MY DEAR SIR,—The accompanying papers, which we have the honour of communicating to the Linnean Society, and which all relate to the same subject, viz. the Laws which affect the Production of Varieties, Races, and Species, contain the results of the investigations of two indefatigable naturalists, Mr. Charles Darwin and Mr. Alfred Wallace.
These gentlemen having, independently and unknown to one another, conceived the same very ingenious theory to account for the appearance and perpetuation of varieties and of specific forms on our planet, may both fairly claim the merit of being original thinkers in this important line of inquiry; but neither of them having published his views, though Mr. Darwin has for many years past been repeatedly urged by us to do so, and both authors having now unreservedly placed their papers in our hands, we think it would best promote the interests of science that a selection from them should be laid before the Linnean Society. (from Darwin, C. R. and A. R. Wallace. 1858. On the tendency of species to form varieties; and on the perpetuation of varieties and species by natural means of selection. [Read 1 July] Journal of the Proceedings of the Linnean Society of London. Zoology 3 (20 August): 46-50.)
On July 1st, 1858, papers by Charles Darwin and Alfred Wallace that introduced the theory of evolution by natural selection were read before the Linnean Society of London. The reading of these joint papers was the first public introduction of the theory that was to revolutionize biology, but it was hardly an auspicious occasion. The papers were buried within the reading of several other papers following a long session devoted to general business matters of the Society.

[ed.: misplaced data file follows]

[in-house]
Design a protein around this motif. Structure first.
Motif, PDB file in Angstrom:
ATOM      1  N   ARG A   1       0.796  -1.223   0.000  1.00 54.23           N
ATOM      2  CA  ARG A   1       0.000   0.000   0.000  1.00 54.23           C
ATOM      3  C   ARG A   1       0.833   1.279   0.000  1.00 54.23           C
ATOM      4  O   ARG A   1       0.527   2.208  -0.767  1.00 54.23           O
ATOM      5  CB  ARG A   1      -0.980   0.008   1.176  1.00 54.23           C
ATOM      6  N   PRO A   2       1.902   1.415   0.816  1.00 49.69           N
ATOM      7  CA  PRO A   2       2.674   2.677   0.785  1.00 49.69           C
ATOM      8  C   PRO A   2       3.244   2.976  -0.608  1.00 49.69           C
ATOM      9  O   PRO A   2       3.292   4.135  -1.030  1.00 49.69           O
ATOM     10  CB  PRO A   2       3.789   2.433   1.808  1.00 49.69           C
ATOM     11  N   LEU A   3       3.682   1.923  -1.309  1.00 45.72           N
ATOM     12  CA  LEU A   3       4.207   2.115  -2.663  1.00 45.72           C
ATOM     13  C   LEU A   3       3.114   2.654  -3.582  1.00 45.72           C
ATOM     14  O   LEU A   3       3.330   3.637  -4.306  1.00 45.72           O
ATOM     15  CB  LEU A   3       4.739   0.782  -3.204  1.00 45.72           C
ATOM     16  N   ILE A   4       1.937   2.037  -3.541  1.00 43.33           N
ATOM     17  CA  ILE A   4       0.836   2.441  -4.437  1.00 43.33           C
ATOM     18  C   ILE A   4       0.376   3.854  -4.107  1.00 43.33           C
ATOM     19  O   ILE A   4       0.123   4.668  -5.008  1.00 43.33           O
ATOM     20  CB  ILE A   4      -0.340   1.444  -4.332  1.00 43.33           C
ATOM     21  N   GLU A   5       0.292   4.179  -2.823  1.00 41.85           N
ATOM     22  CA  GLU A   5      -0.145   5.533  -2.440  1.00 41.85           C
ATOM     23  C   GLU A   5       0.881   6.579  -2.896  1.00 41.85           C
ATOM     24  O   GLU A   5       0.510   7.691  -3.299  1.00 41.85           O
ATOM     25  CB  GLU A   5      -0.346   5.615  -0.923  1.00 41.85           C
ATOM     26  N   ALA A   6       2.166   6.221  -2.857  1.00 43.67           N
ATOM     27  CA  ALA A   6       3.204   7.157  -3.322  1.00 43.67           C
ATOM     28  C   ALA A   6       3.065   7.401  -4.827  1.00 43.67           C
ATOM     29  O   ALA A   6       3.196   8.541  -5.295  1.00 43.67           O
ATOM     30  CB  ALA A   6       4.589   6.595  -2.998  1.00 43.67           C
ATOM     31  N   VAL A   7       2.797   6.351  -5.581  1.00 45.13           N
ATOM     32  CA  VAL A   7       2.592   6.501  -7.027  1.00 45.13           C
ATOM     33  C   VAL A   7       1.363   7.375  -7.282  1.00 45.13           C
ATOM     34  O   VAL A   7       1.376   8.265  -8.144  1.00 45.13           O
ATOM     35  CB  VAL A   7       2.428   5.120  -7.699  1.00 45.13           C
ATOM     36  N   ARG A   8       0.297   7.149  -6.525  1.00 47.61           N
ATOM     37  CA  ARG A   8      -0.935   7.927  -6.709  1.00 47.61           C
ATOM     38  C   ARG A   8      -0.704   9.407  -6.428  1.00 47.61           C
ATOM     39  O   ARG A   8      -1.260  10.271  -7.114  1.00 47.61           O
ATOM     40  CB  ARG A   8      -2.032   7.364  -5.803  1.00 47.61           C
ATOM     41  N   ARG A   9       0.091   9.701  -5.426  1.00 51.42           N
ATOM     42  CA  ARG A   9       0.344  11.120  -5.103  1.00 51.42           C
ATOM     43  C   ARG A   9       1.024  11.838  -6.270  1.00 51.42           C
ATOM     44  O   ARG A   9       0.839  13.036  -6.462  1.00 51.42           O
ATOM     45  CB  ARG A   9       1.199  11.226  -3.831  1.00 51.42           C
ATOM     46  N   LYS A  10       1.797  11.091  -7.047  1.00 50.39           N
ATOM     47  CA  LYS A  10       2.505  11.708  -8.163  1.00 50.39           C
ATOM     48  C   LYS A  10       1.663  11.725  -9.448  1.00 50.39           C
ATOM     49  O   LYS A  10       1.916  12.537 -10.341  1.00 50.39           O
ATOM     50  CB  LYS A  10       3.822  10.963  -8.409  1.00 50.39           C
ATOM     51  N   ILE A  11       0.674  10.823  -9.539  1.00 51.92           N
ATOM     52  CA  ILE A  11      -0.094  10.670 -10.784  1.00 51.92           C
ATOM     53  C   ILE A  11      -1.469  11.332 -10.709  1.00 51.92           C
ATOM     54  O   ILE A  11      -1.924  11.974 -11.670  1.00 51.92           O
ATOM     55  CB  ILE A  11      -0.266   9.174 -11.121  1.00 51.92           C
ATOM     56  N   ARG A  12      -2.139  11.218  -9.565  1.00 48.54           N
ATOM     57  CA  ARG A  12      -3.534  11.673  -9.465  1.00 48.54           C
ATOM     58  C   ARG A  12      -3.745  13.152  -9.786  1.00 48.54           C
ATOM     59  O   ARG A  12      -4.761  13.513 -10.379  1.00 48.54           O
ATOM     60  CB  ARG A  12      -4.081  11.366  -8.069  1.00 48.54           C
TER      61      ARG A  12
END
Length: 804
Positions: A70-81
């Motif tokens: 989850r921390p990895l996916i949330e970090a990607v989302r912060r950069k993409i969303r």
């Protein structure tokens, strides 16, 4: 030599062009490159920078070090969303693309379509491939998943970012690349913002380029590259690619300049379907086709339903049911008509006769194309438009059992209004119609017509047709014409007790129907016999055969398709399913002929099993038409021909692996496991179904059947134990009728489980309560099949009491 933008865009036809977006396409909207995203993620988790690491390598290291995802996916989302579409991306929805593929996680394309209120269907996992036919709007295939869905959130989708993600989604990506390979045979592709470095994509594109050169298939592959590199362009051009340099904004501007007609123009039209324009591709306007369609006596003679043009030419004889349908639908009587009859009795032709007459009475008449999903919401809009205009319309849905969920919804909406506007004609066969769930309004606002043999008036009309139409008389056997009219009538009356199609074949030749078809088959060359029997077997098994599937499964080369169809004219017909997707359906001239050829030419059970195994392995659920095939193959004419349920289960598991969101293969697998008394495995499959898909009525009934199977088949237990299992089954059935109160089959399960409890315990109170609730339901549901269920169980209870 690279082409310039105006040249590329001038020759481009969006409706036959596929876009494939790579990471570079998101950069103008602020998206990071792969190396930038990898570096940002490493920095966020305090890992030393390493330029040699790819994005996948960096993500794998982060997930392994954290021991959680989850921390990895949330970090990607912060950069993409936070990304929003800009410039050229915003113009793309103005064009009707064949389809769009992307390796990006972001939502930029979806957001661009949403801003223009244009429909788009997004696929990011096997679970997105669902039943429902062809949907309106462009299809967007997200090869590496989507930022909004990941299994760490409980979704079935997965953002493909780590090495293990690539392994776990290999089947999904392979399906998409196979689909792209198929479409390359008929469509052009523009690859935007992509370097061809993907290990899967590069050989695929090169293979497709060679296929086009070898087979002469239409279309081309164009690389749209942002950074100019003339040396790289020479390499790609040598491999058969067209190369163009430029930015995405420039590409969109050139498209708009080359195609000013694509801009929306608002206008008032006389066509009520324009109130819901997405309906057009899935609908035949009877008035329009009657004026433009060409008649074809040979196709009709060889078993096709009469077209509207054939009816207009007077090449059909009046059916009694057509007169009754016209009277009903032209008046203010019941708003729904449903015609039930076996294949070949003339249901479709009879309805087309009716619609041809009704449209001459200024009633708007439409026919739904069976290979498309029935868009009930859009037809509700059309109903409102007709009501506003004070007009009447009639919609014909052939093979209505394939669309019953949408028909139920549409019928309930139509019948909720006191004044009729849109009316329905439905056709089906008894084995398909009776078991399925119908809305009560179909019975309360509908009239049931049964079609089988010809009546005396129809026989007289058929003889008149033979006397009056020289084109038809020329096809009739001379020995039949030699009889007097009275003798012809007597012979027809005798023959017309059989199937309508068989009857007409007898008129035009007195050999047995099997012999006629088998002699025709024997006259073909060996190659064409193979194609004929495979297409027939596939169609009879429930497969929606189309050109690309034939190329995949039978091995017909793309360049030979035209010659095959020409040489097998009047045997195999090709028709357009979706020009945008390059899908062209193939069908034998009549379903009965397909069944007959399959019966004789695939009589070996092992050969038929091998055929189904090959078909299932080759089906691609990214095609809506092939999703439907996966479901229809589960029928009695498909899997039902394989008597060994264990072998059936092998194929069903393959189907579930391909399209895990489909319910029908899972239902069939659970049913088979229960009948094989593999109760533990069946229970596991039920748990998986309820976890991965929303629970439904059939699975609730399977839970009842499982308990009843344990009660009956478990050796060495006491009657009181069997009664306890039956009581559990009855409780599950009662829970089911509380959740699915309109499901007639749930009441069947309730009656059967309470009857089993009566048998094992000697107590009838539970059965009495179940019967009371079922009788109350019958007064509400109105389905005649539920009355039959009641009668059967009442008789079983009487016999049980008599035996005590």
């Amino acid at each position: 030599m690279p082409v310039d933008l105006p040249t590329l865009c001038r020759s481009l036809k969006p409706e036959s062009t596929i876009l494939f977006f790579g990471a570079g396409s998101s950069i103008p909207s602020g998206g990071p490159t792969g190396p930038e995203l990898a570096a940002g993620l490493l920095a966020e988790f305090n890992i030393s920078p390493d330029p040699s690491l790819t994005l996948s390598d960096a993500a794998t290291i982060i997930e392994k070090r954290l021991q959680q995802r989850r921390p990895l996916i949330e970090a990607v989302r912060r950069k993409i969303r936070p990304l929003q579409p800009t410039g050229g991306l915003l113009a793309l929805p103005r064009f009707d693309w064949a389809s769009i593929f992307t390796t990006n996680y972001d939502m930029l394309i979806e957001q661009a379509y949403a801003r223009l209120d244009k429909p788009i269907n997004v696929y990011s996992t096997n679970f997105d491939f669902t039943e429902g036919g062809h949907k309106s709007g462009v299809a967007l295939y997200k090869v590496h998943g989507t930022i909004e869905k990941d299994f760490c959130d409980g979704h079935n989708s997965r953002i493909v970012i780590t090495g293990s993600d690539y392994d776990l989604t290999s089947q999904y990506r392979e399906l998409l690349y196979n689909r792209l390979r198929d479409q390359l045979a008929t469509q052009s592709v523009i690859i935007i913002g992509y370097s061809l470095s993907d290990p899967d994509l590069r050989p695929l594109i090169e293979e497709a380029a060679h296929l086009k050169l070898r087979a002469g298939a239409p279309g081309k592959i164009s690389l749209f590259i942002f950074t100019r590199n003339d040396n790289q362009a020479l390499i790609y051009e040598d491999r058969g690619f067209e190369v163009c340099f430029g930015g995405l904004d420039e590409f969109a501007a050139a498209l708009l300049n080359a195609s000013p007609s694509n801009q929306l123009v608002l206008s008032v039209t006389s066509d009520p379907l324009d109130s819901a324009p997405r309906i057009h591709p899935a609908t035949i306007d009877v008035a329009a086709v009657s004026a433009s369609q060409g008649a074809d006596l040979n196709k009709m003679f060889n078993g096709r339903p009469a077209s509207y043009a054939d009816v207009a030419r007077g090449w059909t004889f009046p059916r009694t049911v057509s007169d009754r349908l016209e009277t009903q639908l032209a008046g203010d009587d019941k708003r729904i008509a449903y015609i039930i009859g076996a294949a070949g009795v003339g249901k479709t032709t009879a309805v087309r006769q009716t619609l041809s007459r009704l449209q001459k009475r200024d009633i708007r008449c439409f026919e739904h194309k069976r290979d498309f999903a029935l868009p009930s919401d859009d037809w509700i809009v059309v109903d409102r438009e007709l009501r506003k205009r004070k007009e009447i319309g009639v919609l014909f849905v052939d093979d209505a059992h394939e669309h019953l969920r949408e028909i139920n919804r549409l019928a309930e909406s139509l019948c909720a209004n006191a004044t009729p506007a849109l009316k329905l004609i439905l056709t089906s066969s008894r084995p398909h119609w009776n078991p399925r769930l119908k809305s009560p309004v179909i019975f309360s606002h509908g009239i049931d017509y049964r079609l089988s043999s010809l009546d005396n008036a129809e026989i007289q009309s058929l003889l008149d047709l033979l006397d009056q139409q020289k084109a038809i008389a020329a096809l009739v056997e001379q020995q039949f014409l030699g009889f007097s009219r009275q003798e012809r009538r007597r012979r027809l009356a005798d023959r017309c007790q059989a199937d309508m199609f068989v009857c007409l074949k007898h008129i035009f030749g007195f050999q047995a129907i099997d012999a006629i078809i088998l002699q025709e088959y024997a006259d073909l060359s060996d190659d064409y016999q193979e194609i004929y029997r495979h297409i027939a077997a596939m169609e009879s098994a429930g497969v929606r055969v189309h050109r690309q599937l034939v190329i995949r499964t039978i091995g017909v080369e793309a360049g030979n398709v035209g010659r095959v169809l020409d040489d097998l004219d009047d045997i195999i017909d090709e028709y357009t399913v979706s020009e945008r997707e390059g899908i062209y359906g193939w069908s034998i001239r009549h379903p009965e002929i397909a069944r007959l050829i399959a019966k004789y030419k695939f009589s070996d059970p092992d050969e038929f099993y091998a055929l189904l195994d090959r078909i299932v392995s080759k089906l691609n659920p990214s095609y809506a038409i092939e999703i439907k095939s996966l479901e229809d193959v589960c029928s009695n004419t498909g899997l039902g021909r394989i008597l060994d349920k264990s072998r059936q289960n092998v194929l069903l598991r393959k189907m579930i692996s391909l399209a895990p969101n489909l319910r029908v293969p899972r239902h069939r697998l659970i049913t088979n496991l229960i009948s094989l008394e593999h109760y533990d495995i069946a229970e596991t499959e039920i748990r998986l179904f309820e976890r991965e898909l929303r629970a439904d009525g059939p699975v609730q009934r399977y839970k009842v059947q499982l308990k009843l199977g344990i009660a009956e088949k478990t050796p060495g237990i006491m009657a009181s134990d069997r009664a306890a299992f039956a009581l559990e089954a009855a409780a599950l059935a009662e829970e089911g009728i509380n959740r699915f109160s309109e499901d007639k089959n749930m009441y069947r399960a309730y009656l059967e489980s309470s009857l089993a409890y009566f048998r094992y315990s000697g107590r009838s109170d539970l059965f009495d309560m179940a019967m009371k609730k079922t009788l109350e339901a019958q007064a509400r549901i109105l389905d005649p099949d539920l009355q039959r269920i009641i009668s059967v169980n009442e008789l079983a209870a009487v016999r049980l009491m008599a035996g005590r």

The reading of these papers was hurriedly arranged by Darwin’s friends, Sir Charles Lyell and Dr. J. D. Hooker, in response to Darwin’s shock at having received a letter from Wallace describing the same theory that Darwin had been working on in private for almost 20 years. Upon receiving the letter from Wallace, Darwin rushed to complete his summary so that the two papers could be read together and both scientists would receive credit for the discovery.
Darwin and Wallace did not give eloquent lectures to a cheering mass of Linnean Society members; neither scientist was even present. Wallace was still in Malaysia while Darwin was at home grieving with his wife, Emma, over the death of their 19-month-old son, Charles. Members of the Society were read sections of Darwin and Wallace’s notebooks, papers, and letters. According to Society records, at the end, members walked out not so much stunned by new ideas as overwhelmed by the amount of information loaded upon them.
The importance of the theory of evolution by natural selection was not fully appreciated by the world at large until the release the following year of Darwin’s The Origin of Species, which carefully laid out the argument, backed up by the evidence that elegantly supported the theory.
Over the next 18 months, events such as exhibitions and seminars at London’s Natural History Museum as well as student exchanges and scientific meetings across the world, will culminate in a three day conference in Egypt in November 2009. Let the celebration begin!
The Origin of Species – downloadable version
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